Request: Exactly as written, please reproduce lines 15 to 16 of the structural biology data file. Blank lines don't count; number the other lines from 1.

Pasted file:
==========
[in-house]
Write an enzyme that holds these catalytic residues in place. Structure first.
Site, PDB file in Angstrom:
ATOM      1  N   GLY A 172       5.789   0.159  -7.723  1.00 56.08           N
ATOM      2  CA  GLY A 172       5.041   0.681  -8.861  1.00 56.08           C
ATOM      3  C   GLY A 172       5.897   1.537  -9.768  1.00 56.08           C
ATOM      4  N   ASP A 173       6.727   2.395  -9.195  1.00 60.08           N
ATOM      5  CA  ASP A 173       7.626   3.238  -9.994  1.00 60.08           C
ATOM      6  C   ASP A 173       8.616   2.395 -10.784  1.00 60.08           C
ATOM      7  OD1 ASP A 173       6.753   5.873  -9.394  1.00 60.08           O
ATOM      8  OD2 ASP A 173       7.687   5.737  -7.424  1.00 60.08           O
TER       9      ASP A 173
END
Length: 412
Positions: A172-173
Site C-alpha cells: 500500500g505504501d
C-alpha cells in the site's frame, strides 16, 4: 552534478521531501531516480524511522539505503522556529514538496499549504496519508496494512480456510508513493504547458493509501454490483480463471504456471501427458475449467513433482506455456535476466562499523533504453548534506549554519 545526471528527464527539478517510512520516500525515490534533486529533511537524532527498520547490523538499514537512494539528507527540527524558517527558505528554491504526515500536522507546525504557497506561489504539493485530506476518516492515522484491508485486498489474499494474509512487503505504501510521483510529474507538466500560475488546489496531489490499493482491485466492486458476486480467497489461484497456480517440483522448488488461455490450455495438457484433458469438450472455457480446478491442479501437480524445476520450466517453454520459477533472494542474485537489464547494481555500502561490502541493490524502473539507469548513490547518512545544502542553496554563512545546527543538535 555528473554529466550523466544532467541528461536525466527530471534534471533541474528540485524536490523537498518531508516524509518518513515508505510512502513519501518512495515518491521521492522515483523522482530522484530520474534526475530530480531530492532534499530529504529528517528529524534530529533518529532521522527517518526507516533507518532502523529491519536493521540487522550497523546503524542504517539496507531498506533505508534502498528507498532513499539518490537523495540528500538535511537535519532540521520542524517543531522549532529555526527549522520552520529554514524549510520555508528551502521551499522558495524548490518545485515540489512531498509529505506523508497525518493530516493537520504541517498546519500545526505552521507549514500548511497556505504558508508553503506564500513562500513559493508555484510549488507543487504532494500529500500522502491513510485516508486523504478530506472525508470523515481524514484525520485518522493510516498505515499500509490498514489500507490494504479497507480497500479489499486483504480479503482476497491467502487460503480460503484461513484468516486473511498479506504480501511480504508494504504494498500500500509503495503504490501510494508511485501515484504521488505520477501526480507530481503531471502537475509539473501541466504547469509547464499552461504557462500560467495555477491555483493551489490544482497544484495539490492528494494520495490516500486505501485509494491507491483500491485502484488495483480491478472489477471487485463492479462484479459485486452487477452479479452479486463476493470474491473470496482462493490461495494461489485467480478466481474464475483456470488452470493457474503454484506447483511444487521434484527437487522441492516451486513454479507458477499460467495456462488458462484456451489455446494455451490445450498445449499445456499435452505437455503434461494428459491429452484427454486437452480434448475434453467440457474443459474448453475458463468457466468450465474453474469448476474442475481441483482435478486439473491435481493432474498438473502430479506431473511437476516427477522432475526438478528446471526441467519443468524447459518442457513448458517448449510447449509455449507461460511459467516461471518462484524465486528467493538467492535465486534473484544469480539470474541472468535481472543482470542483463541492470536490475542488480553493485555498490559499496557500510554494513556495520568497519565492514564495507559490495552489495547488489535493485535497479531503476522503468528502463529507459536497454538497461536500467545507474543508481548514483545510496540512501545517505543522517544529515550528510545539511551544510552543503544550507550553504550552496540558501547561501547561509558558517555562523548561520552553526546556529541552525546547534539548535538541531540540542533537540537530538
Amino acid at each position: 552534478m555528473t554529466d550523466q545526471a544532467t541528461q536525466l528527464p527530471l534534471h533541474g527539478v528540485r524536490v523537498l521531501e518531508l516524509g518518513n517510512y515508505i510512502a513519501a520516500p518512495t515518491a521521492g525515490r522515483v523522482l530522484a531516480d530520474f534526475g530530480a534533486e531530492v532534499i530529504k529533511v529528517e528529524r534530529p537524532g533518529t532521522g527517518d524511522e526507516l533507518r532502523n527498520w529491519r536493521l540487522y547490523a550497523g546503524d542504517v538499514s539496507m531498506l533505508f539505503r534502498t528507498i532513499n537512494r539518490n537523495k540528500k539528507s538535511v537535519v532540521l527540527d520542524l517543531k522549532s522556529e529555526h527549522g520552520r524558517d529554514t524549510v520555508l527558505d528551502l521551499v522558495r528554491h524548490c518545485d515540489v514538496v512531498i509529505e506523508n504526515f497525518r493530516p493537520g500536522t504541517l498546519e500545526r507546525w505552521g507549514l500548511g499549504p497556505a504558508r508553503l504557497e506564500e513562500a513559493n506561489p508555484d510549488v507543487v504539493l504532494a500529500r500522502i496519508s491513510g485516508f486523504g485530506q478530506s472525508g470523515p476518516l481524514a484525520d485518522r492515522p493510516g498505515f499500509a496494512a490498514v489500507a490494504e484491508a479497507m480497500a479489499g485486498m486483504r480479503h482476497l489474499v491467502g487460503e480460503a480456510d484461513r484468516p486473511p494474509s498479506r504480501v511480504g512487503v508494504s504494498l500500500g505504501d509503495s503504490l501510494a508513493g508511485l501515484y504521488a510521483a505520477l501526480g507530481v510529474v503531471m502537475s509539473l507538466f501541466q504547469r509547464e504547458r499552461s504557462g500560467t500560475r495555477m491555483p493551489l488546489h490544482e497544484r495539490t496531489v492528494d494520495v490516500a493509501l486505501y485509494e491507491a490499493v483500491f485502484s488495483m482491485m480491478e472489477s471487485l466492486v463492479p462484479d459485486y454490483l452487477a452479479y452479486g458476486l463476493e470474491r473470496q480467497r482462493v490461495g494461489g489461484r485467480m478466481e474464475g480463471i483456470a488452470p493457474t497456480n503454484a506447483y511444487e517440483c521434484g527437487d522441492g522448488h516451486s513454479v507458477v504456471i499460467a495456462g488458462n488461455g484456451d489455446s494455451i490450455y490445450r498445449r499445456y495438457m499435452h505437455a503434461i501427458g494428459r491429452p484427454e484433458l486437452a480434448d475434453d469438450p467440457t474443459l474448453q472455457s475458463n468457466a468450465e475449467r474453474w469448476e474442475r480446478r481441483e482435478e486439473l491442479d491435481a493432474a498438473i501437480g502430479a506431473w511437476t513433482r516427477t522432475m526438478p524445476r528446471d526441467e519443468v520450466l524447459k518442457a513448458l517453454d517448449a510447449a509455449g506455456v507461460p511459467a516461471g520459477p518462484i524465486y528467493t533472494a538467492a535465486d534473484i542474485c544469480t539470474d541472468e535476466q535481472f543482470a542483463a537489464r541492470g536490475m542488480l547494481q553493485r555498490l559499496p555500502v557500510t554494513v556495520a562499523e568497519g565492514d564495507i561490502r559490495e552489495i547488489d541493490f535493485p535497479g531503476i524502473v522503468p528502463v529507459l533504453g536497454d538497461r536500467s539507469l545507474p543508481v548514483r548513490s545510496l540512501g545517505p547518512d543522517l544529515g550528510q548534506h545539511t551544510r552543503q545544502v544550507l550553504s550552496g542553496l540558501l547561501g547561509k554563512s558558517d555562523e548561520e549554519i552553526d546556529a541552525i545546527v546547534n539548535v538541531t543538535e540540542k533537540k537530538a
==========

Positions: A172-173
Site C-alpha cells: 500500500g505504501d